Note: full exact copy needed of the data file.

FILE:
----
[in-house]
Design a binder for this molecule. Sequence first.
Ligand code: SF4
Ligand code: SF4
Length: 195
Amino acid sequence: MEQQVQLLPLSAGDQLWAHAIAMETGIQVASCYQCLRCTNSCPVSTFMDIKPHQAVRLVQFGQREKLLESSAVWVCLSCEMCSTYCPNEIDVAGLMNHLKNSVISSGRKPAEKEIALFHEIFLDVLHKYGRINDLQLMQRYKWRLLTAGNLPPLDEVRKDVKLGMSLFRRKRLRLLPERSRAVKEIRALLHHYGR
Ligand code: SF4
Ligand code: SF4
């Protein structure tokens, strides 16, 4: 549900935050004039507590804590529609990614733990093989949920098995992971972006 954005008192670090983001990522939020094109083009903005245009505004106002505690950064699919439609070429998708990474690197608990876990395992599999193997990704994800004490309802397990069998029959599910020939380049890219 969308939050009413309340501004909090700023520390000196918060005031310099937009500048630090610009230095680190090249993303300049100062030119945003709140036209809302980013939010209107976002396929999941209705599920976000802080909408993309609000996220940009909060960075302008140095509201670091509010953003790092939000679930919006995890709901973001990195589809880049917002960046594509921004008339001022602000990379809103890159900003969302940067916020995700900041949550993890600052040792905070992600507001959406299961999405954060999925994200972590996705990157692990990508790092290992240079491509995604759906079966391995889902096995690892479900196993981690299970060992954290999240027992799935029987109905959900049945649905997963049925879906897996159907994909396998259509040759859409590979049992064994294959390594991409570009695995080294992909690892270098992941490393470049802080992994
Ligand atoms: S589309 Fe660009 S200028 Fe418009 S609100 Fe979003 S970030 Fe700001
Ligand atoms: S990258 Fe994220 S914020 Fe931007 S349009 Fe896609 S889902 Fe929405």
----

[in-house]
Design a binder for this molecule. Sequence first.
Ligand code: SF4
Ligand code: SF4
Length: 195
Amino acid sequence: MEQQVQLLPLSAGDQLWAHAIAMETGIQVASCYQCLRCTNSCPVSTFMDIKPHQAVRLVQFGQREKLLESSAVWVCLSCEMCSTYCPNEIDVAGLMNHLKNSVISSGRKPAEKEIALFHEIFLDVLHKYGRINDLQLMQRYKWRLLTAGNLPPLDEVRKDVKLGMSLFRRKRLRLLPERSRAVKEIRALLHHYGR
Ligand code: SF4
Ligand code: SF4
């Protein structure tokens, strides 16, 4: 549900935050004039507590804590529609990614733990093989949920098995992971972006 954005008192670090983001990522939020094109083009903005245009505004106002505690950064699919439609070429998708990474690197608990876990395992599999193997990704994800004490309802397990069998029959599910020939380049890219 969308939050009413309340501004909090700023520390000196918060005031310099937009500048630090610009230095680190090249993303300049100062030119945003709140036209809302980013939010209107976002396929999941209705599920976000802080909408993309609000996220940009909060960075302008140095509201670091509010953003790092939000679930919006995890709901973001990195589809880049917002960046594509921004008339001022602000990379809103890159900003969302940067916020995700900041949550993890600052040792905070992600507001959406299961999405954060999925994200972590996705990157692990990508790092290992240079491509995604759906079966391995889902096995690892479900196993981690299970060992954290999240027992799935029987109905959900049945649905997963049925879906897996159907994909396998259509040759859409590979049992064994294959390594991409570009695995080294992909690892270098992941490393470049802080992994
Ligand atoms: S589309 Fe660009 S200028 Fe418009 S609100 Fe979003 S970030 Fe700001
Ligand atoms: S990258 Fe994220 S914020 Fe931007 S349009 Fe896609 S889902 Fe929405």